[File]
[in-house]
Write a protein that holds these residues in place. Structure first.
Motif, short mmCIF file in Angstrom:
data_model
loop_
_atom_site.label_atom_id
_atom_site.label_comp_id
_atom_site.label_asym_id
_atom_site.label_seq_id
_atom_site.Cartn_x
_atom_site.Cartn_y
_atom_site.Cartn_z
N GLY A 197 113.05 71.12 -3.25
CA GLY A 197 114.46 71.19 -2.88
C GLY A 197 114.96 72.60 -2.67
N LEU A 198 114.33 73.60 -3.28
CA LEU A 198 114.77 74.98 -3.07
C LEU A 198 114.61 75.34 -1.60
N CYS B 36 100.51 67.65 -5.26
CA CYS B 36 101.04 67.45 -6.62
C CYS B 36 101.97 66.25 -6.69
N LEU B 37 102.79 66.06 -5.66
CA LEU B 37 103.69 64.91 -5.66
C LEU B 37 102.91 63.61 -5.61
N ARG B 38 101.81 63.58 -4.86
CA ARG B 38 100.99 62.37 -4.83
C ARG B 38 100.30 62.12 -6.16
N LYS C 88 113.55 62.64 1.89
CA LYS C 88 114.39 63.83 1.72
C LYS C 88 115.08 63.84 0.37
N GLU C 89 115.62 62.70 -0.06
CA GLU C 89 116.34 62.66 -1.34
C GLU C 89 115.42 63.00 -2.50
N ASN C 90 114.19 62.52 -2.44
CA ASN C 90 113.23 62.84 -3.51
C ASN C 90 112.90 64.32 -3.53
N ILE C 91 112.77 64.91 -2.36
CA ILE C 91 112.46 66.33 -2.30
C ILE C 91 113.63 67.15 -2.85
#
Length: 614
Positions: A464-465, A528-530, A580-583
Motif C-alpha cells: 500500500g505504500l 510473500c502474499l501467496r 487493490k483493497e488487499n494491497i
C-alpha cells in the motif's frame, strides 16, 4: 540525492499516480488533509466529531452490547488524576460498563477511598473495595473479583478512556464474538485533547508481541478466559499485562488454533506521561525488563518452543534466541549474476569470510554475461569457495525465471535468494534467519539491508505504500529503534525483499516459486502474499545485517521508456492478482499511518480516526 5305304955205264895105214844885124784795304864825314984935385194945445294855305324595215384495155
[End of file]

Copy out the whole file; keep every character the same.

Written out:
[in-house]
Write a protein that holds these residues in place. Structure first.
Motif, short mmCIF file in Angstrom:
data_model
loop_
_atom_site.label_atom_id
_atom_site.label_comp_id
_atom_site.label_asym_id
_atom_site.label_seq_id
_atom_site.Cartn_x
_atom_site.Cartn_y
_atom_site.Cartn_z
N GLY A 197 113.05 71.12 -3.25
CA GLY A 197 114.46 71.19 -2.88
C GLY A 197 114.96 72.60 -2.67
N LEU A 198 114.33 73.60 -3.28
CA LEU A 198 114.77 74.98 -3.07
C LEU A 198 114.61 75.34 -1.60
N CYS B 36 100.51 67.65 -5.26
CA CYS B 36 101.04 67.45 -6.62
C CYS B 36 101.97 66.25 -6.69
N LEU B 37 102.79 66.06 -5.66
CA LEU B 37 103.69 64.91 -5.66
C LEU B 37 102.91 63.61 -5.61
N ARG B 38 101.81 63.58 -4.86
CA ARG B 38 100.99 62.37 -4.83
C ARG B 38 100.30 62.12 -6.16
N LYS C 88 113.55 62.64 1.89
CA LYS C 88 114.39 63.83 1.72
C LYS C 88 115.08 63.84 0.37
N GLU C 89 115.62 62.70 -0.06
CA GLU C 89 116.34 62.66 -1.34
C GLU C 89 115.42 63.00 -2.50
N ASN C 90 114.19 62.52 -2.44
CA ASN C 90 113.23 62.84 -3.51
C ASN C 90 112.90 64.32 -3.53
N ILE C 91 112.77 64.91 -2.36
CA ILE C 91 112.46 66.33 -2.30
C ILE C 91 113.63 67.15 -2.85
#
Length: 614
Positions: A464-465, A528-530, A580-583
Motif C-alpha cells: 500500500g505504500l 510473500c502474499l501467496r 487493490k483493497e488487499n494491497i
C-alpha cells in the motif's frame, strides 16, 4: 540525492499516480488533509466529531452490547488524576460498563477511598473495595473479583478512556464474538485533547508481541478466559499485562488454533506521561525488563518452543534466541549474476569470510554475461569457495525465471535468494534467519539491508505504500529503534525483499516459486502474499545485517521508456492478482499511518480516526 5305304955205264895105214844885124784795304864825314984935385194945445294855305324595215384495155